Tyson Foods’ net income during the second-quarter of 2014 more than doubled, with the company reaping benefits from a strong demand for chicken and higher prices for beef and pork. For the three-month period ending March 29, Tyson Foods earned $213 million, up substantially from the $95 million earned during the second quarter of 2013.

Tyson Foods, releasing its quarterly financial information on May 5, reported increased sales and improved operating margins in four of five business segments, with gains in its chicken, beef, pork and prepared foods segments. Beef and pork benefited from higher prices, despite a 1.8 percent decline in the volume of beef sold. Prices for the chicken and prepared segments decreased by less than a percent for the quarter, but the segments’ increases in sales volume more than offset the difference in prices.

"We had a record second quarter, which is a testament to our great team and our balanced multi-protein, multi-channel, multi-national business model," said Donnie Smith, Tyson Foods'president and CEO. "Our second quarter is usually our most challenging. We had a lot to overcome, including a harsher than normal winter, but I'm satisfied with the results. I'm still confident in my expectations for the year that we will achieve our goal of 6-8 percent sales growth in value-added products.  

"We're pleased with the performance of our chicken segment as sales volume grew on strong demand. Our beef and pork segments did a great job of managing tight supplies and maintaining margins through record high input costs. In our prepared foods segment in the second quarter, we integrated recent acquisitions, invested in marketing and advertising and had several new successful product launches. While these efforts take time to bear fruit, we believe prepared foods presents one of the best opportunities for earnings growth in the future.”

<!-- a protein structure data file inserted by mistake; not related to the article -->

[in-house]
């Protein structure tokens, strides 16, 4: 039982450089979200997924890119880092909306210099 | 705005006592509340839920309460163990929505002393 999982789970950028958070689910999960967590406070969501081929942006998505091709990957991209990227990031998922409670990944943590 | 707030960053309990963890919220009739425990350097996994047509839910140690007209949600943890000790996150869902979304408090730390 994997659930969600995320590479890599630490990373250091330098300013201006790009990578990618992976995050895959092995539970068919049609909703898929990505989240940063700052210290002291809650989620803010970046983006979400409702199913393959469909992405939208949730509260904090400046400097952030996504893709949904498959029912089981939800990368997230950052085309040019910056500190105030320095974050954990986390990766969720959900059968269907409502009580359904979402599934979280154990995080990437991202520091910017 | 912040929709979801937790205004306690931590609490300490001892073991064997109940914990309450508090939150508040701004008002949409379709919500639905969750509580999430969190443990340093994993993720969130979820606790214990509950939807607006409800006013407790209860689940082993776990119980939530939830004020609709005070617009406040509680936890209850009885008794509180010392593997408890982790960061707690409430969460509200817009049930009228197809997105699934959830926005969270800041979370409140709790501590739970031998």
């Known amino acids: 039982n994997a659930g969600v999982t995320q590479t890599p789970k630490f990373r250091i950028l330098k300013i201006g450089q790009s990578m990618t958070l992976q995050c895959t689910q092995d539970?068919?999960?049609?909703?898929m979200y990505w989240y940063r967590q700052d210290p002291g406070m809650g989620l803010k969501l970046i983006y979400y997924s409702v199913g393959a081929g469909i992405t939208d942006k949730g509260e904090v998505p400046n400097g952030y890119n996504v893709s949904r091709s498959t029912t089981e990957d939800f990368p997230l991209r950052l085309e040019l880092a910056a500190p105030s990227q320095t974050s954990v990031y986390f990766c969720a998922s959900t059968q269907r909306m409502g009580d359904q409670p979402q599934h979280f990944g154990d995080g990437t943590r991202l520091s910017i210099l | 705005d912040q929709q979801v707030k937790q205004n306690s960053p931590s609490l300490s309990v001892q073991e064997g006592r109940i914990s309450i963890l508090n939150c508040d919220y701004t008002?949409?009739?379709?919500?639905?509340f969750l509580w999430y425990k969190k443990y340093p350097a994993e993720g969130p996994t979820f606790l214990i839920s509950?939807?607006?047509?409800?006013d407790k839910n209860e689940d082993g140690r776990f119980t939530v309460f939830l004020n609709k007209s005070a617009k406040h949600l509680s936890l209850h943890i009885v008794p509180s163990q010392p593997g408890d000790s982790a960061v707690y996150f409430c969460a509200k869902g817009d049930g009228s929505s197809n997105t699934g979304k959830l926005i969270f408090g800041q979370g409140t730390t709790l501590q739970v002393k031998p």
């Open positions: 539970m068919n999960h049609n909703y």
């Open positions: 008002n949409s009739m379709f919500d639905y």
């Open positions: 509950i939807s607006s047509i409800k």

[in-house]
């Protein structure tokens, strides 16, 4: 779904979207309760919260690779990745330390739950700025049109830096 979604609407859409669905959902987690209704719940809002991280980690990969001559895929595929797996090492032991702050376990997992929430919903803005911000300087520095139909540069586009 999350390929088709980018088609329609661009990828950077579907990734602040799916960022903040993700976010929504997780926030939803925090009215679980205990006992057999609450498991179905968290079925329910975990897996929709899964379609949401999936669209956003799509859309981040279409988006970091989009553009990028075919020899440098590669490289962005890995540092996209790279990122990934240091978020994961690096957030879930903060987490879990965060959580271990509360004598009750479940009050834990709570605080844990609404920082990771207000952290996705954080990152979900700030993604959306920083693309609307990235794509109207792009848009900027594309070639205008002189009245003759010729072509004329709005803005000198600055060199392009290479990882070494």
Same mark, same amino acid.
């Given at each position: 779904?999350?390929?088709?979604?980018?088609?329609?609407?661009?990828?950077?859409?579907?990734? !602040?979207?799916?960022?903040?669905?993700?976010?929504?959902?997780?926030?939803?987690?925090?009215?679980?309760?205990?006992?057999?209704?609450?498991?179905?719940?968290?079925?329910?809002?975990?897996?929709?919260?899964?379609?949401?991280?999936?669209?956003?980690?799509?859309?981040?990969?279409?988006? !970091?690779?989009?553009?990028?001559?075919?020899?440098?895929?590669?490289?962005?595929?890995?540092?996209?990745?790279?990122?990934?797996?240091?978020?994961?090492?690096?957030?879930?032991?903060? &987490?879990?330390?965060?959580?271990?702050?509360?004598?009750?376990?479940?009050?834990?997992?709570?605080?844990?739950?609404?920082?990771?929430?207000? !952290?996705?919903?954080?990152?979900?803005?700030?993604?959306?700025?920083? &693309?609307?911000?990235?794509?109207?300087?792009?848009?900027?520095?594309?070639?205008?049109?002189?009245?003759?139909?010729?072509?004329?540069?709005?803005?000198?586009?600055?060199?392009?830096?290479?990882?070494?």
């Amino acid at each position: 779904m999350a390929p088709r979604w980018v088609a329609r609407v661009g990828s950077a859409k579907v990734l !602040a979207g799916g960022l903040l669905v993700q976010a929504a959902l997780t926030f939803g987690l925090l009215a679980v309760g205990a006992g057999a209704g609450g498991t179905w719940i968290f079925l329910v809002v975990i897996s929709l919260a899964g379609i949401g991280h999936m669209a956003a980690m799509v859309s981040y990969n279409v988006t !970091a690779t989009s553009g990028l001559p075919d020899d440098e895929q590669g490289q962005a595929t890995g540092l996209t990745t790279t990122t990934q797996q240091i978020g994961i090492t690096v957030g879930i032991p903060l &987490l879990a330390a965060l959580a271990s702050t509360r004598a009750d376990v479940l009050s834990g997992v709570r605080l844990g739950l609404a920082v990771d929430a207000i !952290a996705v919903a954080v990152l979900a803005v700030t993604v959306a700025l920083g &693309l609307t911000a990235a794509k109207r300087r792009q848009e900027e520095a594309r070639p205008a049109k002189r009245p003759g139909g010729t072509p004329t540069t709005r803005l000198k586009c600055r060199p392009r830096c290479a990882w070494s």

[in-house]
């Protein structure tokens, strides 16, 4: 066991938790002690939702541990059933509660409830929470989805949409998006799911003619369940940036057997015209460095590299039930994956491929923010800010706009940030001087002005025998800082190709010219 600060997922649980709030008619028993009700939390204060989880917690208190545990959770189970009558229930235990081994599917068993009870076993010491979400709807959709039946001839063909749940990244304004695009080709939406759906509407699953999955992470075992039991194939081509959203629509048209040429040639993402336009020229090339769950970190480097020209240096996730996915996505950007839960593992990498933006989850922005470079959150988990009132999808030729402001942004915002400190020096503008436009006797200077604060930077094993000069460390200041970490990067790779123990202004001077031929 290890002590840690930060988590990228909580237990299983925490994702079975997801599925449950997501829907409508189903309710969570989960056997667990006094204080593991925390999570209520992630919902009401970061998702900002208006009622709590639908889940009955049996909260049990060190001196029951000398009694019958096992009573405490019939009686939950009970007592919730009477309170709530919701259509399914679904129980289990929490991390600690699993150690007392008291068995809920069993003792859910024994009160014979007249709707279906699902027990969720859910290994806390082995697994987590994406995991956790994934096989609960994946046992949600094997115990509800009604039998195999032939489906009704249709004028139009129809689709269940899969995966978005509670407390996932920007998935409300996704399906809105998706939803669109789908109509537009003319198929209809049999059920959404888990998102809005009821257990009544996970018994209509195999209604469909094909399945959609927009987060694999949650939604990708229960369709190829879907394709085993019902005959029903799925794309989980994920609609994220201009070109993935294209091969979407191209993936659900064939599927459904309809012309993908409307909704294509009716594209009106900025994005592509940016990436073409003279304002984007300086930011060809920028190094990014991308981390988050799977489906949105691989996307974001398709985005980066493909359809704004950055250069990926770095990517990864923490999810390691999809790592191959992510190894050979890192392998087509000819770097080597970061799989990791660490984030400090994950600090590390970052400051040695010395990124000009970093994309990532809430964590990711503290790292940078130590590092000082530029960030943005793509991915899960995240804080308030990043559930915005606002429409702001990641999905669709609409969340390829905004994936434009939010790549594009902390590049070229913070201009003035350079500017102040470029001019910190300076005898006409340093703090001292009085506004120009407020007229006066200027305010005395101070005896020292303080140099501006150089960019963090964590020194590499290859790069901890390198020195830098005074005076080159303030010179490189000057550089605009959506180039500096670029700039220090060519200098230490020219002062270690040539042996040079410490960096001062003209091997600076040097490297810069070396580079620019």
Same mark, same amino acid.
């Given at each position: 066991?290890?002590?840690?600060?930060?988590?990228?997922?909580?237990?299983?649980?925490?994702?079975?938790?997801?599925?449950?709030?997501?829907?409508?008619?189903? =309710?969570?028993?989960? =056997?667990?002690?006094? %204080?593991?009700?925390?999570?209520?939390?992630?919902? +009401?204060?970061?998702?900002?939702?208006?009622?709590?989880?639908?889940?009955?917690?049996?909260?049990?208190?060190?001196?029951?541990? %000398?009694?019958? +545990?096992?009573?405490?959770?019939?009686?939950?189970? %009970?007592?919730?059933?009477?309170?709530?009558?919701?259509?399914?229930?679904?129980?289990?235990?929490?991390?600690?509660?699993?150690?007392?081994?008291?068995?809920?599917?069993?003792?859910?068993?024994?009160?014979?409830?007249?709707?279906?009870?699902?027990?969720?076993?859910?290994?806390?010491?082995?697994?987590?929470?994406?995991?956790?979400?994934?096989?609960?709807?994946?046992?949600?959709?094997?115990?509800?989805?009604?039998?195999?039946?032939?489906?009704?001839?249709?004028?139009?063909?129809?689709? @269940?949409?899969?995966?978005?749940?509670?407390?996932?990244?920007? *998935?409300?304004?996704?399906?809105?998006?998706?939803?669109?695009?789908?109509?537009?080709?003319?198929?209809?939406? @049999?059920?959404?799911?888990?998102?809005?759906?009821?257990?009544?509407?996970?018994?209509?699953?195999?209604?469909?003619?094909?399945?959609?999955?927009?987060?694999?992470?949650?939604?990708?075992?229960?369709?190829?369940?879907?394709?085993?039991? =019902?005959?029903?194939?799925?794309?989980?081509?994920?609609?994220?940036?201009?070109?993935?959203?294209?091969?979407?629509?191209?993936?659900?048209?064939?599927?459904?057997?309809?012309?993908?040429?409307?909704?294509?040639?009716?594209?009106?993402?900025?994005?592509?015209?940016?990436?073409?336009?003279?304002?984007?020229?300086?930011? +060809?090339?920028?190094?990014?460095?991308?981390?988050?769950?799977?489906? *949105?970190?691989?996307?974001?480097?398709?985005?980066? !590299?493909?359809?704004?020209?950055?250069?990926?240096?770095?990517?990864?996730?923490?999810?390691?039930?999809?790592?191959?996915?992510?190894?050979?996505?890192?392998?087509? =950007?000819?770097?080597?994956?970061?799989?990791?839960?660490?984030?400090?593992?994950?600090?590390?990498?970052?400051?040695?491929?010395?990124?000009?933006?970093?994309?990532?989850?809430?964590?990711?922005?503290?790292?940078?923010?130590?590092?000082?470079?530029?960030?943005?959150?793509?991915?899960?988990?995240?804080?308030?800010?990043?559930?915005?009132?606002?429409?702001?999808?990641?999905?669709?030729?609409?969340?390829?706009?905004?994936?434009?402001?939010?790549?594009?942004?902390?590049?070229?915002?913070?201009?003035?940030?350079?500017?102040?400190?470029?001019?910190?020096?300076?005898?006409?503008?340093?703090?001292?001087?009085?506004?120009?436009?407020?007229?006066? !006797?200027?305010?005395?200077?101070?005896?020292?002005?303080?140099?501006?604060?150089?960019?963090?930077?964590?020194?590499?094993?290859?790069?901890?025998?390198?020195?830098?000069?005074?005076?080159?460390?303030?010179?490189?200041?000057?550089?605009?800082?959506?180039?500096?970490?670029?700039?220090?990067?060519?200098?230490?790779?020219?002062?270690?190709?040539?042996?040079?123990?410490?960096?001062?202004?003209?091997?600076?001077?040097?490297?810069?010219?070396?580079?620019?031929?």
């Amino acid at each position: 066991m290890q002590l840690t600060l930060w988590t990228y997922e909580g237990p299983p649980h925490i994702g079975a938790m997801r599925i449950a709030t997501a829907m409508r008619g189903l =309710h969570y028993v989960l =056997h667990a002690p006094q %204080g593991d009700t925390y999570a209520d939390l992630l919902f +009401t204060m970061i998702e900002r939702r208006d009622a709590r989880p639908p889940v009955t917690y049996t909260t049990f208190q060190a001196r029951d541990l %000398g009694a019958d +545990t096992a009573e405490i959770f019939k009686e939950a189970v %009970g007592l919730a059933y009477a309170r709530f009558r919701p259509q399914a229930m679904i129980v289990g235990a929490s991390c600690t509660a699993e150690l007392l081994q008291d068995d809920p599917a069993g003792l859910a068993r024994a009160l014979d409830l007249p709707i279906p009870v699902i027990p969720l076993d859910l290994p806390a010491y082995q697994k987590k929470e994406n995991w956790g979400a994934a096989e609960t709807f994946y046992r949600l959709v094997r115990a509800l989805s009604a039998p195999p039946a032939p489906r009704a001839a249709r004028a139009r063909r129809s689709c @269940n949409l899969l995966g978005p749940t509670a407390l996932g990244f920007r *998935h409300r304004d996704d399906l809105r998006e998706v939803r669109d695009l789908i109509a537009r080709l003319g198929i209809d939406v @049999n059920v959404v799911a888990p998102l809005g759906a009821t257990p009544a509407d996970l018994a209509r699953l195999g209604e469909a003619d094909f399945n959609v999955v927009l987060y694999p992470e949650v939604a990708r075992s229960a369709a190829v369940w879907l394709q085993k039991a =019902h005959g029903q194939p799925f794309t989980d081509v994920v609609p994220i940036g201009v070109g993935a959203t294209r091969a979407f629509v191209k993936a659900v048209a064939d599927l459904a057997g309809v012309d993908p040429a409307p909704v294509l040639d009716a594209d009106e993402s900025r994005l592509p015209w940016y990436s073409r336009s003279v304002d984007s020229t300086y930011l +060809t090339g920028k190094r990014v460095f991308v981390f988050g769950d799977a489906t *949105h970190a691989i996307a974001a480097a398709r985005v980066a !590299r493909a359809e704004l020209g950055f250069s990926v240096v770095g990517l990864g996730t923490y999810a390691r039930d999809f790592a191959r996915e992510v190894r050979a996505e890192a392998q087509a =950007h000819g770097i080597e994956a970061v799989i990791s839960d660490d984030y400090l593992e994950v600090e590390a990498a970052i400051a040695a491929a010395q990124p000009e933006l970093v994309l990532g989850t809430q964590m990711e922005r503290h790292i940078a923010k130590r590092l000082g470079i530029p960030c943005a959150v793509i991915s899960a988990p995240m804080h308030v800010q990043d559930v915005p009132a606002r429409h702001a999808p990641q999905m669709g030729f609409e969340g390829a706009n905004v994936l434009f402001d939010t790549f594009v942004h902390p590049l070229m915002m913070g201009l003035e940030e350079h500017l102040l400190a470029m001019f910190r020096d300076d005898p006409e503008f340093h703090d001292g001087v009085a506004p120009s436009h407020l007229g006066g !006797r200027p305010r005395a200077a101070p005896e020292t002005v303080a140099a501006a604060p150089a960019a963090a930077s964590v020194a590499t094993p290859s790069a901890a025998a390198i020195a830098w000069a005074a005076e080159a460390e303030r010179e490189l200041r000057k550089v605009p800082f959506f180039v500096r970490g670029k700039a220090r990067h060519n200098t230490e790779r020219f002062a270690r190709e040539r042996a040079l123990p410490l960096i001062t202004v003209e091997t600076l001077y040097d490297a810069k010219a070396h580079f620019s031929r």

Meanwhile, Tyson’s international business segment experienced decreased sales volume and operating margins, but Smith is confident in the long-term, that segment will be profitable.

"The international segment is another area where we think some short-term sacrifices are worth the long-term earnings potential. We've chosen to slow down our growth this year, primarily due to weak demand in China. We are committed to our China operations, and we believe we now have the right pace for developing that business as we wait for demand to return. We think it will get sequentially better from here, and we like the long-term opportunity," he said.